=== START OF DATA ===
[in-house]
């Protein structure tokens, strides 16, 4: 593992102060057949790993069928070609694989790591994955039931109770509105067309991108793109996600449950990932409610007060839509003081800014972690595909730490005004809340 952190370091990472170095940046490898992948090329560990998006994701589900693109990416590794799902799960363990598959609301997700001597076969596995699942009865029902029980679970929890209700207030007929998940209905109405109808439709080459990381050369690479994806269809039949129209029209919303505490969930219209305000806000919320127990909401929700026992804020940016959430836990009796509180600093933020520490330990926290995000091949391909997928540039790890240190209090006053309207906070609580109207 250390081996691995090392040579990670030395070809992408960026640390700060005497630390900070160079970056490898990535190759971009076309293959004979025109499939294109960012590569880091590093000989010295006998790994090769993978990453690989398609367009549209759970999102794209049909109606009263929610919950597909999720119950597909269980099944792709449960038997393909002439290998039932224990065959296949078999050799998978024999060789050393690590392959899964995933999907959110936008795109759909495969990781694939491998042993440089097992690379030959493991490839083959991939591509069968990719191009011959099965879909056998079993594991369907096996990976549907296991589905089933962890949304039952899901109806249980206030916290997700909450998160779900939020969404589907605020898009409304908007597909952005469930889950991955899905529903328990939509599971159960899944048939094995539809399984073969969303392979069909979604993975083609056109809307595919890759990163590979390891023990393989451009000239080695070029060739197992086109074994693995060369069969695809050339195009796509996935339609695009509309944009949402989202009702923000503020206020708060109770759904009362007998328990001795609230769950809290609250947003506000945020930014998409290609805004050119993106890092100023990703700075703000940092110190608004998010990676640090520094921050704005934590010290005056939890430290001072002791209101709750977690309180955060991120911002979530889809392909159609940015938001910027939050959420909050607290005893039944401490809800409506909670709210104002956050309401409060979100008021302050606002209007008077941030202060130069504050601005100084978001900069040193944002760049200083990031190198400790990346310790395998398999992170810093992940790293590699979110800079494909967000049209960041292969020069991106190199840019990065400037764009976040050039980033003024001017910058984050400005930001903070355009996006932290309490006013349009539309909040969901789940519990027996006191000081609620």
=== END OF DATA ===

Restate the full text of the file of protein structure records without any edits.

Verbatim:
[in-house]
């Protein structure tokens, strides 16, 4: 593992102060057949790993069928070609694989790591994955039931109770509105067309991108793109996600449950990932409610007060839509003081800014972690595909730490005004809340 952190370091990472170095940046490898992948090329560990998006994701589900693109990416590794799902799960363990598959609301997700001597076969596995699942009865029902029980679970929890209700207030007929998940209905109405109808439709080459990381050369690479994806269809039949129209029209919303505490969930219209305000806000919320127990909401929700026992804020940016959430836990009796509180600093933020520490330990926290995000091949391909997928540039790890240190209090006053309207906070609580109207 250390081996691995090392040579990670030395070809992408960026640390700060005497630390900070160079970056490898990535190759971009076309293959004979025109499939294109960012590569880091590093000989010295006998790994090769993978990453690989398609367009549209759970999102794209049909109606009263929610919950597909999720119950597909269980099944792709449960038997393909002439290998039932224990065959296949078999050799998978024999060789050393690590392959899964995933999907959110936008795109759909495969990781694939491998042993440089097992690379030959493991490839083959991939591509069968990719191009011959099965879909056998079993594991369907096996990976549907296991589905089933962890949304039952899901109806249980206030916290997700909450998160779900939020969404589907605020898009409304908007597909952005469930889950991955899905529903328990939509599971159960899944048939094995539809399984073969969303392979069909979604993975083609056109809307595919890759990163590979390891023990393989451009000239080695070029060739197992086109074994693995060369069969695809050339195009796509996935339609695009509309944009949402989202009702923000503020206020708060109770759904009362007998328990001795609230769950809290609250947003506000945020930014998409290609805004050119993106890092100023990703700075703000940092110190608004998010990676640090520094921050704005934590010290005056939890430290001072002791209101709750977690309180955060991120911002979530889809392909159609940015938001910027939050959420909050607290005893039944401490809800409506909670709210104002956050309401409060979100008021302050606002209007008077941030202060130069504050601005100084978001900069040193944002760049200083990031190198400790990346310790395998398999992170810093992940790293590699979110800079494909967000049209960041292969020069991106190199840019990065400037764009976040050039980033003024001017910058984050400005930001903070355009996006932290309490006013349009539309909040969901789940519990027996006191000081609620």